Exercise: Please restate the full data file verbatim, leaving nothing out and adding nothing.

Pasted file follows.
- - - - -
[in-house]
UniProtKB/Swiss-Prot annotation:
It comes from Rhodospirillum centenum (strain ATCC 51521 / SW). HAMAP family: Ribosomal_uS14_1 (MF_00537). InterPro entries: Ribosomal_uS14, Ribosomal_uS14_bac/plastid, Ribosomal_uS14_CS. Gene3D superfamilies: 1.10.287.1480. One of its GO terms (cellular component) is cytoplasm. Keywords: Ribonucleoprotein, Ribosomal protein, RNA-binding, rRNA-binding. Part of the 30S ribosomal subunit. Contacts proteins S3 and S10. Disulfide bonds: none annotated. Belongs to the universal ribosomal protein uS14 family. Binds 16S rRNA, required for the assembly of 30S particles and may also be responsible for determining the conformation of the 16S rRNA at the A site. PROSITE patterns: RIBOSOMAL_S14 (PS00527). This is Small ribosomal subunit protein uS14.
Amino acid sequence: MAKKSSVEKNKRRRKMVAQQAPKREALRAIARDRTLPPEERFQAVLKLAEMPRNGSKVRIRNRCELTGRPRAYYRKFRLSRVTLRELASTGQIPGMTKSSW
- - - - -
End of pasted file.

[in-house]
UniProtKB/Swiss-Prot annotation:
It comes from Rhodospirillum centenum (strain ATCC 51521 / SW). HAMAP family: Ribosomal_uS14_1 (MF_00537). InterPro entries: Ribosomal_uS14, Ribosomal_uS14_bac/plastid, Ribosomal_uS14_CS. Gene3D superfamilies: 1.10.287.1480. One of its GO terms (cellular component) is cytoplasm. Keywords: Ribonucleoprotein, Ribosomal protein, RNA-binding, rRNA-binding. Part of the 30S ribosomal subunit. Contacts proteins S3 and S10. Disulfide bonds: none annotated. Belongs to the universal ribosomal protein uS14 family. Binds 16S rRNA, required for the assembly of 30S particles and may also be responsible for determining the conformation of the 16S rRNA at the A site. PROSITE patterns: RIBOSOMAL_S14 (PS00527). This is Small ribosomal subunit protein uS14.
Amino acid sequence: MAKKSSVEKNKRRRKMVAQQAPKREALRAIARDRTLPPEERFQAVLKLAEMPRNGSKVRIRNRCELTGRPRAYYRKFRLSRVTLRELASTGQIPGMTKSSW